Blaze Bayley has been around for a while. Lead singer of both Wolfsbane and Iron…
Since they came together in 1982, Armoured Saint has been a leading light of the Californian metal scene. They broke up in the early 90’s reforming in 1999 and released the album “Revelation” in 2000. Skip forward to 2020 and the band is still going strong and have just released their 8th album, “Punching the Sky”.
What is it about rock and metal albums in 2020? The quality of many of this year’s releases is making it difficult to be unbiased. But why should I be unbiased when an album like this is released. We could wax lyrical about how the band are back to their best, but they’ve been around for so long that anything they do now is so polished to the max. Dare I say, “rifftastic”? This isn’t just an album that they have released here; it’s a lesson in how to do things well.
Don’t think I am saying this because I am a fan of the band either. Truly, I am not an avid follower of the band and to be honest I lost track with them sometime early in the 2000’s, shortly after they reformed. As a consequence I’ve come to review this album with no expectations.
Is it any good? Hell yes, and I could end the review there, but I’m not going to. It’s alright saying an album is good, but people want to know why. You see, it’s one of those albums you just want to put on and play air guitar to. Yes, I know I’m an old geek, I know people use inflatable guitars nowadays, but I don’t think I am wrong.
Justification? Well if you want an album that offers up some great guitar and vocal hooks, with understandable lyrics, this is it. With additional keyboard from Dizzy of Gun’s N’ Roses filling out the backing, the album offers up that classic heavy rock feel with some brilliant guitar. It’s not overdone either. Track wise, I like them all, but I like “Bubble” for its short slightly quirky intro, “Do Wrong to None” for its heavy sound and “Missile to Gun” for its classic heavy harmonic on the lead intro and its urgent pace. “Fly in the Ointment” is one of my top picks but I really cannot pick a favourite. The only track I couldn’t get on with was “Bark, No Bite”. Quite frankly, it just didn’t grab me. It’s not that it’s a bad track, but it didn’t make me want to listen. Go one song further into the album and you get “Unfair”, which caught my interest straight away. Finally look out for the last song on the album, “Never You Fret”. Addictive guitar rhythms and a snappy bass.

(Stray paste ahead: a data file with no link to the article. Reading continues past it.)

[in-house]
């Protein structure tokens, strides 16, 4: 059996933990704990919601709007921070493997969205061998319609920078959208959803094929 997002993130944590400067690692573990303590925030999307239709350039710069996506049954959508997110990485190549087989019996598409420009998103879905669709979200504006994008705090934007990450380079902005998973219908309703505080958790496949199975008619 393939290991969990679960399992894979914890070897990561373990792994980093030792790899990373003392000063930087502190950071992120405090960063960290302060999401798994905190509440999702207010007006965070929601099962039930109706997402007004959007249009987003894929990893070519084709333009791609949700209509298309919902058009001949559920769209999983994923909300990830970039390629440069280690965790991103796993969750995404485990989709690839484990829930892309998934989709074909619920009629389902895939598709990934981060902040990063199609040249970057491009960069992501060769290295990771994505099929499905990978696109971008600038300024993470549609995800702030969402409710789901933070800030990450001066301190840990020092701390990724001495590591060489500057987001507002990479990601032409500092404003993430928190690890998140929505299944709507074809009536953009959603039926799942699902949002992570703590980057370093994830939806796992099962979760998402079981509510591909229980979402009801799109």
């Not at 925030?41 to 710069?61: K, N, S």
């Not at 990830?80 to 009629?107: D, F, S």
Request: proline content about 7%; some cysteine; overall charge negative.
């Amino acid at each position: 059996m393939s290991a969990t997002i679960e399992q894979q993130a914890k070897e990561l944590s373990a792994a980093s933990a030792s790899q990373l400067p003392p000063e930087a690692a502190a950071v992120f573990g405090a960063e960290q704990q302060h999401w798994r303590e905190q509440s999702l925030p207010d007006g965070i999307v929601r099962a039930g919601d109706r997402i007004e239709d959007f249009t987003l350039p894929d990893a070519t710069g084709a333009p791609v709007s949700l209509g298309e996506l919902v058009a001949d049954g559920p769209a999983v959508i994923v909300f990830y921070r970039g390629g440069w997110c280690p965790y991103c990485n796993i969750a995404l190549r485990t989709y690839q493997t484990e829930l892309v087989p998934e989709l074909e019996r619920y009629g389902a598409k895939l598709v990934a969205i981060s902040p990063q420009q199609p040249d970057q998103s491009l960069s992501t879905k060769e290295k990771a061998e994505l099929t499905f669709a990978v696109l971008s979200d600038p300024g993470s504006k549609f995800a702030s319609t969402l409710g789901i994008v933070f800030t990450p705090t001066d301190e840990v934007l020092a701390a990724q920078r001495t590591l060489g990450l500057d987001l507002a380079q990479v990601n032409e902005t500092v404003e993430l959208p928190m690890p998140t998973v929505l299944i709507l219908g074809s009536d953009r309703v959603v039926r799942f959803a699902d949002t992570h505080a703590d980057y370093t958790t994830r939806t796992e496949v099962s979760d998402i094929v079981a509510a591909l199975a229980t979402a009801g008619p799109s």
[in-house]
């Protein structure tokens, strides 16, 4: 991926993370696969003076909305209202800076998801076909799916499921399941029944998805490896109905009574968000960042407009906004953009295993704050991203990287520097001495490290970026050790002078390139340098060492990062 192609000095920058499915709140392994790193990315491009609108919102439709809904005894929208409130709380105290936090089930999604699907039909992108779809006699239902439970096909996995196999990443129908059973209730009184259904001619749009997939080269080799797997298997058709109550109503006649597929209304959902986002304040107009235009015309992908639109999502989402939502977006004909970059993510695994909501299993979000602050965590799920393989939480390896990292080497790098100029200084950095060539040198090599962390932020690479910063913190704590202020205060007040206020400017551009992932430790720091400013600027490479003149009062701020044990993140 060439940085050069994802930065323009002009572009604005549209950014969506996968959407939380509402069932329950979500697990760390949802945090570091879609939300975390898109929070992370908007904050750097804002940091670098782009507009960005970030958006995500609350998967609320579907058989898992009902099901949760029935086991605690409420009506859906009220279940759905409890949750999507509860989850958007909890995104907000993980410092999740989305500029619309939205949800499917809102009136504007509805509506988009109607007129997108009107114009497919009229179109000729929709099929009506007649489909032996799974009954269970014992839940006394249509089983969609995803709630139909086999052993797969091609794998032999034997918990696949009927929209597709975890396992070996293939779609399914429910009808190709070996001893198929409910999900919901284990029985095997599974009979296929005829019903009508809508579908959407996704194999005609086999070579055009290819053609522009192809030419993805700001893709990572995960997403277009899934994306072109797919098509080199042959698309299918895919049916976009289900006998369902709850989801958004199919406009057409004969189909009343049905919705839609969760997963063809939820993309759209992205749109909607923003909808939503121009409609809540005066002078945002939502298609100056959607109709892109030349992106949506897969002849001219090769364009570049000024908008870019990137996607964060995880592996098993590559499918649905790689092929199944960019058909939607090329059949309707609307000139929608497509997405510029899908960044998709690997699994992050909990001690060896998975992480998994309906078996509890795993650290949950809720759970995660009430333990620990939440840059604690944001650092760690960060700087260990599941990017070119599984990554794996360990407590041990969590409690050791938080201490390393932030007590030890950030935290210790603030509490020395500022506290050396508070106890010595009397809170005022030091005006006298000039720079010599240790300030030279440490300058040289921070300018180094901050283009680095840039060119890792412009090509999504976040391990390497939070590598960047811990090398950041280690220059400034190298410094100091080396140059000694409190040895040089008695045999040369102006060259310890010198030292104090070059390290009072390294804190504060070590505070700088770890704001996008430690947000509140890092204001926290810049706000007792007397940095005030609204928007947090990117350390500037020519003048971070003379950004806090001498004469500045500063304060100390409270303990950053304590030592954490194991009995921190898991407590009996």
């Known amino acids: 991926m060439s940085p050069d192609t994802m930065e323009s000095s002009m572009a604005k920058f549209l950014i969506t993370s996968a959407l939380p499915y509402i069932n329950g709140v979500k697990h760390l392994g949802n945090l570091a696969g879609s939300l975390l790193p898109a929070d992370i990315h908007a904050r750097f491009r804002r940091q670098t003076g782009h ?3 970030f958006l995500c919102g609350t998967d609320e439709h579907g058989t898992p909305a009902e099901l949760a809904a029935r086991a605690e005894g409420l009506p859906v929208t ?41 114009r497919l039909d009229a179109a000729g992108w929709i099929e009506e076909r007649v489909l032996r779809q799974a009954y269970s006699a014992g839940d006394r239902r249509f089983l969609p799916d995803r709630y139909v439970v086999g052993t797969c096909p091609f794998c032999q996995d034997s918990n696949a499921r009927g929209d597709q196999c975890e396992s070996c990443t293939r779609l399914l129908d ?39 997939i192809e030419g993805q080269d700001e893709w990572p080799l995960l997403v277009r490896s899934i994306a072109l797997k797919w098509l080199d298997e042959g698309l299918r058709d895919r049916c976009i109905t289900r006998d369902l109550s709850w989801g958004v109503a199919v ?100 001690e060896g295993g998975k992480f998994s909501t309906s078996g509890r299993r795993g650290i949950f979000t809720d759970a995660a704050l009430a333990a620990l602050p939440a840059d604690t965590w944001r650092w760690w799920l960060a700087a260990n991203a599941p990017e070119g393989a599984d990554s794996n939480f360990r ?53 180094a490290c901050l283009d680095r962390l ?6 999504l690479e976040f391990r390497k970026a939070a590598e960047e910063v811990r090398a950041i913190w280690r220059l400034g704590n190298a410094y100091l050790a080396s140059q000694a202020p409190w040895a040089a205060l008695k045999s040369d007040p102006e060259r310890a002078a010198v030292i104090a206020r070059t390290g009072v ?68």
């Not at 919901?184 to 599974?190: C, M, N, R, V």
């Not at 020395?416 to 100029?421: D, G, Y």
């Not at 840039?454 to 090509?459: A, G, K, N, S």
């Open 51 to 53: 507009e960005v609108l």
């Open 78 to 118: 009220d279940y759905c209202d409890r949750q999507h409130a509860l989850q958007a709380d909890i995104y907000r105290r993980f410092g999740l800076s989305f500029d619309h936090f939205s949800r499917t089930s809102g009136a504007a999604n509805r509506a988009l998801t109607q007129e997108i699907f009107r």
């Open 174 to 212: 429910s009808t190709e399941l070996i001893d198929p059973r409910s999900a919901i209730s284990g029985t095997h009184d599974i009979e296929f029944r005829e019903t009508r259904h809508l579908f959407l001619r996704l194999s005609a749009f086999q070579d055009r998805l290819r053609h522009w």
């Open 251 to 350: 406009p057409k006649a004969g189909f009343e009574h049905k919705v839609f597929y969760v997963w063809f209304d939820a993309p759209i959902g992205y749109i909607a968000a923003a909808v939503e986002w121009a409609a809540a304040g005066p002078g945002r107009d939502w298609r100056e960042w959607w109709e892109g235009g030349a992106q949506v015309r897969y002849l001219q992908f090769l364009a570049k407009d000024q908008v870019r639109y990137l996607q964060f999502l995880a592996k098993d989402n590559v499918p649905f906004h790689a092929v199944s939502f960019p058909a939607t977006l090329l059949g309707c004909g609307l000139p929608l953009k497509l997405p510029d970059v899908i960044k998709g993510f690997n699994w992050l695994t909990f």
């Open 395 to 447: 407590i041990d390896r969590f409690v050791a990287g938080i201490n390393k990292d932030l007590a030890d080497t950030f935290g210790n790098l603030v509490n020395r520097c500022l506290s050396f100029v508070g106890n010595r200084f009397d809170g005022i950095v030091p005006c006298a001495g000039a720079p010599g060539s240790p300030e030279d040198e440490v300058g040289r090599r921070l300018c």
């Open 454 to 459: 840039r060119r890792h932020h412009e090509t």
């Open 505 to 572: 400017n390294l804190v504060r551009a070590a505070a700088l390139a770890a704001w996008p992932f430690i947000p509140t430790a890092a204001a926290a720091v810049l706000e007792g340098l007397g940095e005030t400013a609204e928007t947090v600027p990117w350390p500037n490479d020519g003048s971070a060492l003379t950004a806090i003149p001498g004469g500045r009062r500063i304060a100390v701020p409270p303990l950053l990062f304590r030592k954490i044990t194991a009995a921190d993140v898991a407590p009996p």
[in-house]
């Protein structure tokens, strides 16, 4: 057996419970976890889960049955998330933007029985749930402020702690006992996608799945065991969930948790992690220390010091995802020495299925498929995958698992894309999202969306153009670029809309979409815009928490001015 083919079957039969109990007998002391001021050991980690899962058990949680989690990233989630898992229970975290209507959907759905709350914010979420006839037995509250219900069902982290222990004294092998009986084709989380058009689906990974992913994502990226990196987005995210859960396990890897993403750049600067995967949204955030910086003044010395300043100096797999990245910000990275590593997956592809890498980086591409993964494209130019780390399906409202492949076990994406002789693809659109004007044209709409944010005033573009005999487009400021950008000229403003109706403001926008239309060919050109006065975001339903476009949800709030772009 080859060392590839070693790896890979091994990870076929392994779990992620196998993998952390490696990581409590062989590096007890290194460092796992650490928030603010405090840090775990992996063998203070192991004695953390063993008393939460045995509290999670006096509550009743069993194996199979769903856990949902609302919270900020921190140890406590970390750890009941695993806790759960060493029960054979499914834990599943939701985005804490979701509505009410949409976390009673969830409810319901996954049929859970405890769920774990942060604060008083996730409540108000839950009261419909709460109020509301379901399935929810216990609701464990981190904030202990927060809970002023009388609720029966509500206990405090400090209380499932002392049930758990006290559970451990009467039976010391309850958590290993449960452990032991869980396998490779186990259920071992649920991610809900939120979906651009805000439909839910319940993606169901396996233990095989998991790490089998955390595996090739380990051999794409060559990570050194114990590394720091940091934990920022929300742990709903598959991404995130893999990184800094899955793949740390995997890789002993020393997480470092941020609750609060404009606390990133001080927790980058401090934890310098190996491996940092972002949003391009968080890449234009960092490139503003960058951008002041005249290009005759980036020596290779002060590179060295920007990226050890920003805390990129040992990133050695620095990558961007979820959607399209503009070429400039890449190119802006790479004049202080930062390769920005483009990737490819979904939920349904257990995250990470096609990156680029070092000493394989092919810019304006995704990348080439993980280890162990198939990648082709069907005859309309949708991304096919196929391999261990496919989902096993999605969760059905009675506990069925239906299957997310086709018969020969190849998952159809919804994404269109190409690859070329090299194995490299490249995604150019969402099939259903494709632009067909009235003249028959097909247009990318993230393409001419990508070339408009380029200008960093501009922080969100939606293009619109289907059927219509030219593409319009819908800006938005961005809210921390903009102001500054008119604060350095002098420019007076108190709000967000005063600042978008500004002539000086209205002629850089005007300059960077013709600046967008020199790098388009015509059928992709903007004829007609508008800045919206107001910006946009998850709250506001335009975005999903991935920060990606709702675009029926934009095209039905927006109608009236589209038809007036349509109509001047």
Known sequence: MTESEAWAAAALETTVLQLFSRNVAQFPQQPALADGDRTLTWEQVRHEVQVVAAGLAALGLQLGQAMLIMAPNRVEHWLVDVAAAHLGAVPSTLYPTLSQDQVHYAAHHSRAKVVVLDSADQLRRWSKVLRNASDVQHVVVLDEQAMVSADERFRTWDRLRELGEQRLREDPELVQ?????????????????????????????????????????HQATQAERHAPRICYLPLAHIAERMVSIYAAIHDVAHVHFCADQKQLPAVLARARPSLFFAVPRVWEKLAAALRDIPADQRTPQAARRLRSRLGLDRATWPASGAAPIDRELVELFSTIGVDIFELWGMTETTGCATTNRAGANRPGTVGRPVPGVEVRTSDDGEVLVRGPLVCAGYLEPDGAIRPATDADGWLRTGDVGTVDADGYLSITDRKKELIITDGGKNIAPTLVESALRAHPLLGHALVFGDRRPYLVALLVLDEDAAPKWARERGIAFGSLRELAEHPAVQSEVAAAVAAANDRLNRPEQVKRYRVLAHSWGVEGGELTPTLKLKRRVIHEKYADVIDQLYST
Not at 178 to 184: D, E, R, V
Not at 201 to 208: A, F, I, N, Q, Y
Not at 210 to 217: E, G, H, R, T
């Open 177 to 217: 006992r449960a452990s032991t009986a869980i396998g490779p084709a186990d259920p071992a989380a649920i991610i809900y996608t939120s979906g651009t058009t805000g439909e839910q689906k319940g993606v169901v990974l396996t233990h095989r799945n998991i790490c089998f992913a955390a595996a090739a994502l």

Honestly, this is a head bangers dream of an album. If I had a fast car, with big speakers, this would be one of my top car albums. Hang on; did I just class this as a car album? Nooo!
Anyway, great album, solid 8/10.
I should add that there is a version of the CD with three additional Bonus Tracks available. As far as I know they are not available on the double vinyl album, but I’m sure that someone will find a version with them on. My review copy did not have these on so I haven’t mentioned them.